UCR

Center for Plant Cell Biology



Members


A. L. N. RaoA. L. N. Rao

Professor

Mailing Address:

Plant Pathology and Microbiology
Webber Hall /3264A
University of California
Riverside, CA 92521

Phone: (951) 827-3810
Fax: (951) 827-3264
Email: arao@ucr.edu

Degree(s):

PhD 1982 University of Adelaide
MS 1976 Indian Agrl Res. Inst

College/Division Affiliation:

College of Natural and Agricultural Sciences

Center/Inst Affiliation(s):

Center for Plant Cell Biology

Areas Of Expertise:

Molecular Plant Virology; Virus Replication; Virus-host Interactions; Virus Cell-to-cell Movement and Mechanism of Genome Packaging in Positive-strand RNA Viruses

Research Summary:

Assembly of infectious virions has long been recognized to be an important phase in the life cycle of a given virus pathogenic to plants, humans and animals. Viral genome packaging is considered to be a highly specific process since the majority of purified virions contain exclusively viral RNAs. However the mechanism by which viruses assemble and package their genomes (RNA or DNA) into stable virions is poorly understood. To unravel the mechanism of RNA packaging in eukaryotic RNA viruses, my laboratory is using brome mosaic virus (BMV) and flock house virus (FHV) as model systems.  Bipartite FHV, an RNA virus of insects and a member of Nodaviridae family, shares viral replication features with a tripartite BMV, an RNA virus infecting plants and a member of Bromoviridae family. Although FHV is an insect virus, it efficiently replicates and forms infectious virions in several plant species. Furthermore, BMV replicates on ER while FHV on outer mitochondrial membranes. Others and we have demonstrated that in these two viruses genome packaging is functionally coupled to replication, a widely conserved mechanism among positive-strand RNA viruses of diverse origin. To shed more light on replication-coupled packaging mechanism, we exploited the unique features of BMV and FHV and developed an agrobacterium-mediated transient expression system (agroinfiltration) for DNA-directed expression of functional BMV and FHV RNA components in plants. This agroinfiltration system is being used to delineate various events that lead to regulate replication-coupled RNA packaging. To complement this ongoing research endeavor, recently we initiated a new project involving non-invasive fluorophore-based bimolecular fluorescence complementation (BiFC) approach for studying protein-protein interactions in plants.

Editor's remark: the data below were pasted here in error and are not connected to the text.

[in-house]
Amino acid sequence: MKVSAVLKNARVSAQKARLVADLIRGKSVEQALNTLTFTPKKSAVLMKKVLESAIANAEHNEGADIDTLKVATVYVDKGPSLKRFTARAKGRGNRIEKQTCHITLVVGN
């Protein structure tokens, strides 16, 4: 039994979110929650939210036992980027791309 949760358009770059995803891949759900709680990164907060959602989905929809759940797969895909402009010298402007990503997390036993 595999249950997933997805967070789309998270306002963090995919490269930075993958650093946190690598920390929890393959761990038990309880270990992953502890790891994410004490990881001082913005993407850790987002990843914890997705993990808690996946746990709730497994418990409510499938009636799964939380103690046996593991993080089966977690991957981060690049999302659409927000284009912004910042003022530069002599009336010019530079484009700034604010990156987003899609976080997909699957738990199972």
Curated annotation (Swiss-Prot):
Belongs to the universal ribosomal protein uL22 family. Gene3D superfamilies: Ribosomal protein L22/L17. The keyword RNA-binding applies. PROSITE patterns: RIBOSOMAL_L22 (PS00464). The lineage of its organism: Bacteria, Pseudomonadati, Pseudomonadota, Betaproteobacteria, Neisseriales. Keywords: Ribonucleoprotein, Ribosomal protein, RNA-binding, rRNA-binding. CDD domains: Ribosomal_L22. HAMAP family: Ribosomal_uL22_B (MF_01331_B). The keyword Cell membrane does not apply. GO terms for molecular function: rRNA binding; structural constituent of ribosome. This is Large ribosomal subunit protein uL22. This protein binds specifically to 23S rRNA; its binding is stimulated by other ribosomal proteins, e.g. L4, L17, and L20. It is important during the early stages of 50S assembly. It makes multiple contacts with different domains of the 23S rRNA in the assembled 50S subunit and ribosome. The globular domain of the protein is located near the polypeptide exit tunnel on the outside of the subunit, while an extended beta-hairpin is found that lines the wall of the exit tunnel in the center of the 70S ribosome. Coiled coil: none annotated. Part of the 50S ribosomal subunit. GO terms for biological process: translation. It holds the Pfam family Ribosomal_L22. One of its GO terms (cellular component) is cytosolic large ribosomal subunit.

Figure 1. Confocal laser scanning microscopy of enhanced green fluorescent protein (eGFP). Top panels: Macroscopic images of Nicotiana benthamiana leaves infiltrated with indicated cultures of agrotransformants. The infiltrated leaf harvested at 5 dpi was scanned through Typhoon 9410 equipped with emission filter 670 bp 30-633 nm (red laser) and emission filter 520 BP-488 nm (blue laser).  Dotted circles indicate infiltration patches. Bottom panels: Confocal laser scanning microscopic images showing subcellular localization of eGFP. Note that mock infiltrated leaf (left) emits reddish auto-fluorescence; in leaf infiltrated with DI-eGFP alone (middle) the transiently expressed green fluorescence was confined to epidermal cells whereas in leaf infiltrated with FHV RNA1 (F1)+eGFP (right) green fluorescence was seen in mesophyll cells.  

 

Figure 2  Immunogold EM localization of FHV protein A (replicase). (A) Electron micrographic image of a section of healthy N. benthamiana leaf showing vacuole (V), chloroplast (Ch), cytoplasm (Cy) and mitochondria (M). (B) Electron micrograph showing a section of F1 infiltrated N. benthamiana leaf treated with pre-immune serum. (C) Electron micrograph showing localization of FHV protein A to mitochondria of N. benthamiana infiltrated with F1 agrotransformant. The arrows show the location of gold particles on outer mitochondrial membrane. (D) Electron micrograph (higher magnification, 50X) reveals localization of gold particles to outer double-walled mitochondrial membrane (indicated by double arrows).  Scale bars = 0.5 μm (A and B) and 0.2 μm (C).

 

 

 

 

 

 

Selected Publications:

List of publications from HubMed

Lab Personnel: 

Bamunusinghe, Devinka
Graduate Student — Molecular Plant Virology
Chaturvedi, Sonali
Graduate Student —  Molecular Plant Virology
Choi, Soon
Graduate Student —  Molecular Plant Virology

More Information

General Campus Information

University of California, Riverside
900 University Ave.
Riverside, CA 92521
Tel: (951) 827-1012

Career OpportunitiesUCR Libraries
Campus StatusDirections to UCR

Center Information

Center for Plant Cell Biology
Botany & Plant Sciences Department
2150 Batchelor Hall

Tel: (951) 827-7177
Fax: (951) 827-5155
E-mail: genomics@ucr.edu

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